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The Mixedgrass Vegetation

The vegetation of the Mixedgrass Subregion is similar to the Dry Mixedgrass Subregion. However, it is characterized by greater biomass production and a greater abundance of species that tend to favour cooler and moister sites. Species such as Western Porcupine Grass and Northern Wheat Grass are more predominant than in the Dry Mixedgrass Subregion.

The majority of Mixedgrass vegetation is dominated by Spear grass, Western Porcupine Grass, Western Wheat Grass as well as Northern Wheat Grass.   Mesic sites are generally home to Western Wheat Grass -Northern Wheat Grass communities while fine-textured soils, like those in glacial lake basins, are characterized by the Northern Wheat Grass - June Grass community. On the other hand, species such as Blue Grama, thrive on the drier, more exposed sites.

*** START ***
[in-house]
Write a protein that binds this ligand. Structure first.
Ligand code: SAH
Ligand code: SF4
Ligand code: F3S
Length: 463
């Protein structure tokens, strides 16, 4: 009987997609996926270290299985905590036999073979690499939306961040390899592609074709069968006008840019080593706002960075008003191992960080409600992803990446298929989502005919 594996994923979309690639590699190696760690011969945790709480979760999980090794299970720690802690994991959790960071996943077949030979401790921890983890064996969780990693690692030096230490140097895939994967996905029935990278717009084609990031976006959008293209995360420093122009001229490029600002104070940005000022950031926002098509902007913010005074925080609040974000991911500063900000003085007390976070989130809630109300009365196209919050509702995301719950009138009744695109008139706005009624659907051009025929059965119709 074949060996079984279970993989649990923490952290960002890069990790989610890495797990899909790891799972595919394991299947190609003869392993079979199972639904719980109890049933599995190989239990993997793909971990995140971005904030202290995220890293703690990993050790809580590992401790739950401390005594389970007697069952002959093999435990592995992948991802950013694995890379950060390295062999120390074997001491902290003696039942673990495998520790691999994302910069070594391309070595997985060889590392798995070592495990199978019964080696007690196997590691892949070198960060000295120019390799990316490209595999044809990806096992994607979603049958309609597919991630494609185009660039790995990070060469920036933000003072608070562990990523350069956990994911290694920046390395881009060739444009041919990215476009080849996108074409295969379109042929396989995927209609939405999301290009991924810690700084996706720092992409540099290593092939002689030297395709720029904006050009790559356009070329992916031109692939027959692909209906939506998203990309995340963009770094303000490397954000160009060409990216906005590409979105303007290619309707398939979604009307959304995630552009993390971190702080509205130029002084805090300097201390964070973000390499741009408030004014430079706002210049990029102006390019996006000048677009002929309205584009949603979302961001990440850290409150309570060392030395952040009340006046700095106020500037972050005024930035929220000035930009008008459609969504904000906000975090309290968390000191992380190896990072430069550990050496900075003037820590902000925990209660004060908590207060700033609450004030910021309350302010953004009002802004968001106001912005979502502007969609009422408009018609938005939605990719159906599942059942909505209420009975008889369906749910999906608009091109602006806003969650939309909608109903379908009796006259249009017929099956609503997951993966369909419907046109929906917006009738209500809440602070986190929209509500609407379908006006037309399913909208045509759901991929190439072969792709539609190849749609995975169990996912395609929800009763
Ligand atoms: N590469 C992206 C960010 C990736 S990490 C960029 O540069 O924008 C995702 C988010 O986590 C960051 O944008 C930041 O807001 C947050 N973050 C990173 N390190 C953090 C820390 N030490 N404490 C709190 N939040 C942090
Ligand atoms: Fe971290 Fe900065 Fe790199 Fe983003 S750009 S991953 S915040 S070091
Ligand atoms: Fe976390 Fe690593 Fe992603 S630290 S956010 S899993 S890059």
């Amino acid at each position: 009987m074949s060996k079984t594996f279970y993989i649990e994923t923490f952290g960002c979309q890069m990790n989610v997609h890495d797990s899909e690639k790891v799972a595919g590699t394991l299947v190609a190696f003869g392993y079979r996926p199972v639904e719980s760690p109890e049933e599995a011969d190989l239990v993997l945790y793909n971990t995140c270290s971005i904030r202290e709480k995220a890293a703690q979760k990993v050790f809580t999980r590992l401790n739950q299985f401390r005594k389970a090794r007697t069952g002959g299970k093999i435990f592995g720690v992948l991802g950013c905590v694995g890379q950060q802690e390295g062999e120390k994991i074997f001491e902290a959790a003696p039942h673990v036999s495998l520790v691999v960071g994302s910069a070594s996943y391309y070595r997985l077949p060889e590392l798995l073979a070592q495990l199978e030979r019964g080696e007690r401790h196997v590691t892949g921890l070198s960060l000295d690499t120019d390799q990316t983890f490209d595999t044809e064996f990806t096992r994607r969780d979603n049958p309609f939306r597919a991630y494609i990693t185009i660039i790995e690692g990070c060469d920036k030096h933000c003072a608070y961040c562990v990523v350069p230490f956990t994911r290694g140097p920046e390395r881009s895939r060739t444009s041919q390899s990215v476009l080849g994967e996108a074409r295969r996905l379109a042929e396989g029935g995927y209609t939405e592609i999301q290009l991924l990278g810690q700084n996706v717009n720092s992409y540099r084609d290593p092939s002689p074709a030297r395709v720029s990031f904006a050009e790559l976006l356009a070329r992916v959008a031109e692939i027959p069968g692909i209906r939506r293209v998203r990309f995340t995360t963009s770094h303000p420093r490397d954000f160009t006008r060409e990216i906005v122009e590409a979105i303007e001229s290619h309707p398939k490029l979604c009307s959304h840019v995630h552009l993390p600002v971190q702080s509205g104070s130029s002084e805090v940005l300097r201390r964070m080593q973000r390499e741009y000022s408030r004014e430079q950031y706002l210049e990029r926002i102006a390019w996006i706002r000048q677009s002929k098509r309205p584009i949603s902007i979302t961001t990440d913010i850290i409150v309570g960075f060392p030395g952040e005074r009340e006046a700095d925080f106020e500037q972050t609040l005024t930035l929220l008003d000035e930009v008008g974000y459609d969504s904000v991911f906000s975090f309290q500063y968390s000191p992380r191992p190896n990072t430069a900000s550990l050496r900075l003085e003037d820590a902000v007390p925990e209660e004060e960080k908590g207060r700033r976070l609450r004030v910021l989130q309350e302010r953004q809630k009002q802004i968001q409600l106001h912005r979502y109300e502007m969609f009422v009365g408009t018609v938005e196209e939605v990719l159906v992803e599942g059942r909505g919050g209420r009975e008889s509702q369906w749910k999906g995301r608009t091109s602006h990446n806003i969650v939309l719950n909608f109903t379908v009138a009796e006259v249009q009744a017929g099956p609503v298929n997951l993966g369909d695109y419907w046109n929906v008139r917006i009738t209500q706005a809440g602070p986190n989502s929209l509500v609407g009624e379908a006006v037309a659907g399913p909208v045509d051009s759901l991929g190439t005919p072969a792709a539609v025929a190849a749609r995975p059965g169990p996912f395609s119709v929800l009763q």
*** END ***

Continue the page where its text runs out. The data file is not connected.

The Prickly RoseTypical vegetation of sandy areas includes Spear Grass, Sand Grass, June Grass and a variety of low shrubs including Silverberry, Western Snowberry and Prickly Rose.  Extensive Narrow-leaved Cottonwood woodlands occur on fluvial terraces of the Oldman, Belly, Waterton, and St. Mary's rivers and nowhere else in Canada.

Unfortunately a great deal of the natural vegetation of the Mixedgrass Subregion has been replaced by agricultural crops. The moister, cooler conditions of this Subregion are reflected in the greater productivity of rangelands which typically produce 25% more biomass.

Information provided by and printed with the permission of Alberta Community Development, Parks and Protected Areas.

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